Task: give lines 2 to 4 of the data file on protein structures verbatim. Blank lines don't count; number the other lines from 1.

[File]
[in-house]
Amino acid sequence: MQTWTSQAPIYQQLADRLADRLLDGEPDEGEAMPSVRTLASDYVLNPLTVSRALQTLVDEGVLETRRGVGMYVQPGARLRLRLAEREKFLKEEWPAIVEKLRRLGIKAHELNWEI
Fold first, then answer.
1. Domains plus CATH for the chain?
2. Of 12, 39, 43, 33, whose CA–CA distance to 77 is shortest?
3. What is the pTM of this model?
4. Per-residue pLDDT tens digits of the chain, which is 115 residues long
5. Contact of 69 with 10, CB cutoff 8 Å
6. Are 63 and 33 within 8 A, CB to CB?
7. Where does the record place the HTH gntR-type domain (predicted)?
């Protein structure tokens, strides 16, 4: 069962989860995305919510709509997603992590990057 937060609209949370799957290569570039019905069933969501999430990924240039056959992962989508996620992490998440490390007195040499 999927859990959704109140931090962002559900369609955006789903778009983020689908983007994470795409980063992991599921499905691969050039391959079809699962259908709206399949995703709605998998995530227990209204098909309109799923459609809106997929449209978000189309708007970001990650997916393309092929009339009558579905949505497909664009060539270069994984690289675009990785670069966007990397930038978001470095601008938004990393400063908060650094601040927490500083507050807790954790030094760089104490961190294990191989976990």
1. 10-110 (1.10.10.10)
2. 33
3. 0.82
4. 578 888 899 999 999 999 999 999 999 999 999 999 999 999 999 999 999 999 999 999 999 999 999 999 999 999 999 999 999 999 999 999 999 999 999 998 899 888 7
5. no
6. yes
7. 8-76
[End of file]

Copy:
Amino acid sequence: MQTWTSQAPIYQQLADRLADRLLDGEPDEGEAMPSVRTLASDYVLNPLTVSRALQTLVDEGVLETRRGVGMYVQPGARLRLRLAEREKFLKEEWPAIVEKLRRLGIKAHELNWEI
Fold first, then answer.
1. Domains plus CATH for the chain?